In addition to testing for changes in observation and description abilities, the study aimed to measure how the course affected interpersonal skills, particularly empathy. The group hypothesized that art observation training would help with reading emotional cues. “I believe that the first step in being able to empathize is being able to observe someone,” said Dr. Gurwin. Along with observation tests, students took an online emotional recognition assessment called “Reading the Mind in the Eyes”. 

The study enrolled 36 medical students with no formal art training. After the initial assessments, the cohort was divided evenly and randomly into an art-training group (which would take the course) and a control group. All students were compensated with a year of free admission to the art museum.

The initial and follow-up description assessments demonstrated that art training had a significant impact on observational skills. For clinical image observation, the mean score of students in the art-training group went from 35.1 to 47.0 (out of 48 points). The mean for students in the control group decreased from 36.4 to 30.4. The leaders of the study stated that the decline in control group scores suggests medical school courses “may actually inhibit the development of good observational skills early on” (Gurwin et al., 2017). Dr. Gurwin added, “In medical school, instead of learning techniques for observation, there’s more focus on learning memorized signs.” 

In contrast to the dramatic improvements in observation testing, empathy did not seem to change after the course. The study group noted this could be because the initial emotional reading test scores were already quite high or because the test used was not an accurate measure of empathy. Dr. Gurwin plans to try alternative empathy testing measures in future studies.

Despite the quantitative data on changes in empathy, many of the students did feel the course increased their appreciation for considering alternative points of view. Rachel Johnson, who was a member of the art-training group as a first-year medical student, remarked: “The class opened my eyes to some of the parallels between art and medicine: the importance of observation in any clinical encounter, the power of story, the skill required to see things from multiple perspectives and question previously held assumptions.” Rachel’s experience in the art observation course inspired her to become the course coordinator for the fourth-year elective, “Art, Observation, and Mental Illness.”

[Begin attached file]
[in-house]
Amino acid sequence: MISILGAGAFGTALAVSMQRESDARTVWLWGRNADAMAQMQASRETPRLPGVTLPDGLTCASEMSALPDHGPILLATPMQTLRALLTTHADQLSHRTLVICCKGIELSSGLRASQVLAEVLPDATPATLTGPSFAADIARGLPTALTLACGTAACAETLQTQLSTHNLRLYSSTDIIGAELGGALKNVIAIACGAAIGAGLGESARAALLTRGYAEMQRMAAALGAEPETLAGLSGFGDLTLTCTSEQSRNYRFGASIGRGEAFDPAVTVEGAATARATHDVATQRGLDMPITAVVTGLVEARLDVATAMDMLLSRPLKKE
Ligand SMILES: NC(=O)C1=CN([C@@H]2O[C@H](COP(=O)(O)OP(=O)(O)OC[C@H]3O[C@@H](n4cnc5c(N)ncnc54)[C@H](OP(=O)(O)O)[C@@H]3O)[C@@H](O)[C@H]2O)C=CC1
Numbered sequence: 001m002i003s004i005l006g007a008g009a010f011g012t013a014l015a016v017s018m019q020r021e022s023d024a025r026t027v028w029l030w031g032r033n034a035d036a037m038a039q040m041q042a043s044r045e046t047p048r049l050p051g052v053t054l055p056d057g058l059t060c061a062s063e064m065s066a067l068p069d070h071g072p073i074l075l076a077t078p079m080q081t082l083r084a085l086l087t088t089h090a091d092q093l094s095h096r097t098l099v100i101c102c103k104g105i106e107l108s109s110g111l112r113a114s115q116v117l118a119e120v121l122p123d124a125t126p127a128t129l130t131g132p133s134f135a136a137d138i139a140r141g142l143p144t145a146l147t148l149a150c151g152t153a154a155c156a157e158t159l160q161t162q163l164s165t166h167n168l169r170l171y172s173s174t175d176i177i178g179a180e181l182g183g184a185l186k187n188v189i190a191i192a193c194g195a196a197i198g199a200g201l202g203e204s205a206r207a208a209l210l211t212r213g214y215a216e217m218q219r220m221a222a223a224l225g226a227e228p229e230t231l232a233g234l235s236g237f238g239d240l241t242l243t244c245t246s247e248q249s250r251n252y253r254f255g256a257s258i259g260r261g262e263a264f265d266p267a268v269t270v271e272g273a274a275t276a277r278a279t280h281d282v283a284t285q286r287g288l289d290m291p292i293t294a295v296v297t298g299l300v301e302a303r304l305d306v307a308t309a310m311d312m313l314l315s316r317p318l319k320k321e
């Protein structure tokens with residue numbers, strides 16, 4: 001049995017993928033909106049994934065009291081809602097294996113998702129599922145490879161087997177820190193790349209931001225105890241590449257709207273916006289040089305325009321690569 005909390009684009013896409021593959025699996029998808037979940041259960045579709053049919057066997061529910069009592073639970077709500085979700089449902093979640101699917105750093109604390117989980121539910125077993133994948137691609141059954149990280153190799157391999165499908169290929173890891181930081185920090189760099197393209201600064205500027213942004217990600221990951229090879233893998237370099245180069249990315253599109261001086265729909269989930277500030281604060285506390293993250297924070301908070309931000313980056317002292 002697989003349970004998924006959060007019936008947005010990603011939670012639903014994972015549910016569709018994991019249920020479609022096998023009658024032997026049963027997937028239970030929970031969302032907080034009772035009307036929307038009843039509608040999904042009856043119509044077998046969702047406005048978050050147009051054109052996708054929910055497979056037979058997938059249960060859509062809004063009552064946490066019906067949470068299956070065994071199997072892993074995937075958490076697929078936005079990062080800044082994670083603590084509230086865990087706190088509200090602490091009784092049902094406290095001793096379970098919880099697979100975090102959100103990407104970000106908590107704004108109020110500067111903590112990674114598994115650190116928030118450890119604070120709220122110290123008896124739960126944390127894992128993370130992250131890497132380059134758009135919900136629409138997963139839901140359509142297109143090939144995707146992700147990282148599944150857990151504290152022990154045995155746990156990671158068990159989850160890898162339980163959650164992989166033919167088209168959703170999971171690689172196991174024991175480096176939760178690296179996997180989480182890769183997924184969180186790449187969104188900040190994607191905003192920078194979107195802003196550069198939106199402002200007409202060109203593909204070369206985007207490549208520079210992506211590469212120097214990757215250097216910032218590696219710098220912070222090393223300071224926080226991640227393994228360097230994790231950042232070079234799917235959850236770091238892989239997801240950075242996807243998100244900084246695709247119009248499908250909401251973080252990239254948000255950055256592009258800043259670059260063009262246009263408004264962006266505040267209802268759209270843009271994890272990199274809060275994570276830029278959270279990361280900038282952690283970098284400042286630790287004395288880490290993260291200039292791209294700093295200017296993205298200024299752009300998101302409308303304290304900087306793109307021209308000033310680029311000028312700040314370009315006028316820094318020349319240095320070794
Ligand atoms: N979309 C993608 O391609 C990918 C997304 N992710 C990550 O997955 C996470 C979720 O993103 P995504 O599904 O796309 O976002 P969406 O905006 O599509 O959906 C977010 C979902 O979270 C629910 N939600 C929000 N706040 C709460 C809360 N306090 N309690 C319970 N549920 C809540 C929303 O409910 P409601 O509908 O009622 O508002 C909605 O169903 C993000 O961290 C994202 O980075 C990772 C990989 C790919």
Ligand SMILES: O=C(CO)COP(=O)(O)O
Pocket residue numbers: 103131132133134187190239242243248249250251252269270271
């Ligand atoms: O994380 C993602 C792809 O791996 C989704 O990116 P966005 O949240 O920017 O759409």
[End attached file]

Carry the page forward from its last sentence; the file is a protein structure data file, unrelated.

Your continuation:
Christy Hong, another student in the art-training group said, “My biggest takeaway was the importance of appreciating perspectives of other people.” Christy is in the MD/MBA program at Penn, and continues to apply the lessons she learned in the art-observation pilot course to her work in both clinical and business settings. “Through discussions around various artworks, I realized my peers and I picked up different stories even though we were looking at the same painting. That taught me that my observation alone is not enough, especially in patient care. By relying solely on my initial read of the patient, I may miss out on some key aspects that would influence management decisions. I now seek the opinions of my colleagues on the floor if possible, which enables us to triage the patient more appropriately as a team.” As with analyzing a piece of art, exchanging perspectives and observations with others can strengthen the overall understanding of a clinical case.

The proven benefits of formal art training for clinicians are becoming more widely recognized. When the investigators of Penn’s art observation training study presented their results at the Annual Meeting of the American Association for Pediatric Ophthalmology and Strabismus in April 2017, a number of physicians approached them with questions for how to bring similar curricula into their own programs. “It’s definitely becoming more accepted, and I think it’s extremely promising for the future of medical education,” said Dr. Gurwin. Dr. Gurwin hopes to conduct a follow-up study on the long-term effects of art observation training on students’ medical school experiences and clinical careers. While observation is especially important in ophthalmology, Dr. Gurwin is certain there is something to be gained from formal observation training for future clinicians in all specialties. “The results of our study should be a reminder to the medical community that we should not be hesitant to look to other fields, especially the liberal arts, for assistance in training quality physicians,” she said.